As June came to a close, Facebook CEO Mark Zuckerberg announced an ambitious new effort to his staff. The company’s future would go well beyond its current ambition of developing a collection of linked social apps and supporting hardware. Instead, he stated that Facebook would create a maximalist, interconnected range of experiences right out of science fiction, dubbed the metaverse.
In a remote presentation to staff, he said the company’s groups targeted on products for communities, artists, commerce, and virtual reality would progressively cooperate to accomplish this ambition. “What interests me the most is how these themes will coalesce into a larger concept,” Zuckerberg remarked. “Across all of these endeavours, our ultimate purpose is to assist in bringing the metaverse to life.”
Metaverse for Facebook
The metaverse is experiencing a renaissance. The word was coined in Neal Stephenson’s 1992 sci-fi novel Snow Crash to describe the merging of physical, enhanced, and virtual reality in a put publicly arena. The New York Times published an article earlier this month that looked at how firms and products like Epic Games’ Fortnite, Roblox, and even Animal Crossing: New Horizons were becoming more metaverse-like.
Matthew Ball, a venture capitalist, published an influential essay in January 2020 that sought to identify fundamental qualities of a metaverse. It should span the real and virtual worlds, have a fully functional economy and provide “unprecedented interoperability” – users must be able to transport their avatars and items from one area of the metaverse to another, regardless of who controls that section. The metaverse, therefore, would not be governed by a single firm — it will be an “embodied internet,” as Zuckerberg described it, with many different actors operating in a decentralized manner.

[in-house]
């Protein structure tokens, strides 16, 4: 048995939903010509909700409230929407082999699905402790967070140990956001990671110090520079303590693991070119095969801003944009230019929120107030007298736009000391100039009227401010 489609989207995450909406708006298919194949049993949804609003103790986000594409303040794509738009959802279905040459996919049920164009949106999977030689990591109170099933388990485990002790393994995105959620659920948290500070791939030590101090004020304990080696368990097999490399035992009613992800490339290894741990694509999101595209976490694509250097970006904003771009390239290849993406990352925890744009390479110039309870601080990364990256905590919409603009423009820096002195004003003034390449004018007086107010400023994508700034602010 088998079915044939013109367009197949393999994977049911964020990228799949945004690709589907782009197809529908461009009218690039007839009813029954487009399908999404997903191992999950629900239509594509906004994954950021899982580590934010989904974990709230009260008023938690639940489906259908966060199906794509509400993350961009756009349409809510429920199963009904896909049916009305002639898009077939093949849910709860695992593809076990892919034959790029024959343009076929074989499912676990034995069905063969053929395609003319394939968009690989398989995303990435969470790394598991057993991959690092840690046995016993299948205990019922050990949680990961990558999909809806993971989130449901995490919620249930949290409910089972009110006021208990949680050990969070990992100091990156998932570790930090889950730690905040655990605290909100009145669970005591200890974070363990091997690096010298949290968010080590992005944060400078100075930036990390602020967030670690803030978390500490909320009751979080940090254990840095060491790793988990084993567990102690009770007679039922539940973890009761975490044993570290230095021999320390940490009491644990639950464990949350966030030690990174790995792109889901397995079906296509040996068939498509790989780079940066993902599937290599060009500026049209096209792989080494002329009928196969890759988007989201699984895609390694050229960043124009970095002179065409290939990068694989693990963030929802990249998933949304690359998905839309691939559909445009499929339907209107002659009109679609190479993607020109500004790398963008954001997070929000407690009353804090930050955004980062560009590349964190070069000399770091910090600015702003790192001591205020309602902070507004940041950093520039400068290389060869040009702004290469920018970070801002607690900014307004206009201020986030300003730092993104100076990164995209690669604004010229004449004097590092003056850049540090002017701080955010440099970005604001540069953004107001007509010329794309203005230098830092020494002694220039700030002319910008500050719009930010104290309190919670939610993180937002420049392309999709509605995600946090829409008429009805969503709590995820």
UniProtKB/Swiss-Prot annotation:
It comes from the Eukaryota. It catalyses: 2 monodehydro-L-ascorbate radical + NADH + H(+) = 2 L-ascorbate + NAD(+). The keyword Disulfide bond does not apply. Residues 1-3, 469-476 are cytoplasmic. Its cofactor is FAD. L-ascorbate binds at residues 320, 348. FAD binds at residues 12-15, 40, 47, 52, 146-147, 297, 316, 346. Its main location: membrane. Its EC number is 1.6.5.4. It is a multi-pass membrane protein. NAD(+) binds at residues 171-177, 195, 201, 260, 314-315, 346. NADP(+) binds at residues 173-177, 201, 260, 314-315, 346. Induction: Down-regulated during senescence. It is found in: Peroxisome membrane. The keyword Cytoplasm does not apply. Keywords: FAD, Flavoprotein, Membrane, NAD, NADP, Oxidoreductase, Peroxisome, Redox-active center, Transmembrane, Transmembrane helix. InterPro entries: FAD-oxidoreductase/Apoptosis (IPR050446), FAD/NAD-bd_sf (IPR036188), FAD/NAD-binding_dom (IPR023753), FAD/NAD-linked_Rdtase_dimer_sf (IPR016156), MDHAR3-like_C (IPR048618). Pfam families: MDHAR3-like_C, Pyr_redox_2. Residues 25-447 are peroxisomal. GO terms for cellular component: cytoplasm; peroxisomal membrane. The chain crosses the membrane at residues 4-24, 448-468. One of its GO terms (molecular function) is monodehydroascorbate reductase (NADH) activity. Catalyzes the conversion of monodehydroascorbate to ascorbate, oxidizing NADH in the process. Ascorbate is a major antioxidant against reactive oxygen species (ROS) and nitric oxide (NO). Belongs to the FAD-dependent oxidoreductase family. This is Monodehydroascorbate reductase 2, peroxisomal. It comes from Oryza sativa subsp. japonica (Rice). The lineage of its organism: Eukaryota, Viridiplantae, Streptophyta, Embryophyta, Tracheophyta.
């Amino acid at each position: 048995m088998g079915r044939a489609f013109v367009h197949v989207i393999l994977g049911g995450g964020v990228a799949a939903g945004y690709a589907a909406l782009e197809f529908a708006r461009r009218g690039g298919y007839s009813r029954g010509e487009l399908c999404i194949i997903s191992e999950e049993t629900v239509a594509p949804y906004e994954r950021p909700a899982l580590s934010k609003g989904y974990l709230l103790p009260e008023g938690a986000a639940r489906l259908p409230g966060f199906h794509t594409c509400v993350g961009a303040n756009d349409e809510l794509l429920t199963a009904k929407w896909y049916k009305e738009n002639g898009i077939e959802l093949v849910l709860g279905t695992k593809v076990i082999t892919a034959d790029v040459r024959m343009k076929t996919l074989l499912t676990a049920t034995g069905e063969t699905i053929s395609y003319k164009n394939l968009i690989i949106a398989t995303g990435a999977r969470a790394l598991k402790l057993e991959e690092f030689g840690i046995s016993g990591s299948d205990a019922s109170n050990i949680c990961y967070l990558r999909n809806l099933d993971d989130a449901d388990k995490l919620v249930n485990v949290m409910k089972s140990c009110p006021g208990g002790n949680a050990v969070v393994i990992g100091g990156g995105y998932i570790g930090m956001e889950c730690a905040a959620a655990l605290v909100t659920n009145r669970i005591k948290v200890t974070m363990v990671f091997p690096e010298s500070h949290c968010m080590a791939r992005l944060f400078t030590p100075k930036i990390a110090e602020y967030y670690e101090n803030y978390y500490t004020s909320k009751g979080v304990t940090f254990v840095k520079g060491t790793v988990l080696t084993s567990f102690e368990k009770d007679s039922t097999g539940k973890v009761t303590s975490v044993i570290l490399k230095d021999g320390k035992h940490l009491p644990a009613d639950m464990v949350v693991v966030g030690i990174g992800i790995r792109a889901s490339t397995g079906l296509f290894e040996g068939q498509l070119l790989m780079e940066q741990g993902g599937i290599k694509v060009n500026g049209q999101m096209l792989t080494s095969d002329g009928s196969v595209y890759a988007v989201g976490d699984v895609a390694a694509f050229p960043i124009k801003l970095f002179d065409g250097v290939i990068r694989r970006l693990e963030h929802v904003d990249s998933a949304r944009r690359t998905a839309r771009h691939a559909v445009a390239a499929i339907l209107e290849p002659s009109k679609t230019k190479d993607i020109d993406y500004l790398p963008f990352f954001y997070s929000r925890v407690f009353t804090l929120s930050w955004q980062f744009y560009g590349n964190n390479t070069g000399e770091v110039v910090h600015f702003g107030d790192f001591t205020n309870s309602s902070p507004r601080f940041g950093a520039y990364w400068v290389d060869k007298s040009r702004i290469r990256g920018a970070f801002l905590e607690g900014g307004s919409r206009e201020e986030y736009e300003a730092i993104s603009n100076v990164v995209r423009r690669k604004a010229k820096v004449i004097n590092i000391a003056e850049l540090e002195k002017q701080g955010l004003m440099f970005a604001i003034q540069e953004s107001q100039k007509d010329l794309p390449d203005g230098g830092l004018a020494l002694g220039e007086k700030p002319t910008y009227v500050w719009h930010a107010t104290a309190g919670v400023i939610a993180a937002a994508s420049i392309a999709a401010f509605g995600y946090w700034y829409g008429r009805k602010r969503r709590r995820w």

I couldn’t tell which aspect of Zuckerberg’s presentation was more audacious: his vision or timing. When the US government aims to break up Zuckerberg’s existing company, he has revealed his intention to construct a more maximalist version of Facebook, covering presence online, office work, and entertainment. A set of bills currently making their way through Congress may force Facebook to spin off Instagram and WhatsApp, as well as limit the company’s ability to make future deals — or sell services tied to its hardware goods.
Even if tech regulation in the US stalls — not a bad bet historically — a thriving metaverse would pose familiar and unexpected problems about how the virtual realm is regulated, how its contents regulate, and what its presence would do to our common sense of reality. We’re still wrapping our heads all around this double version of social media; handling the three-dimensional version could be much more difficult.
At the same time, according to Zuckerberg, the metaverse will provide huge potential to individual inventors and artists; to people who wish to work and own homes outside of today’s urban centres; and to people who reside in areas with limited educational and recreational options. According to him, a fully realized metaverse could become the next best thing to a functioning teleportation apparatus. Facebook is attempting to construct one through its Oculus business, which manufactures the Quest headset.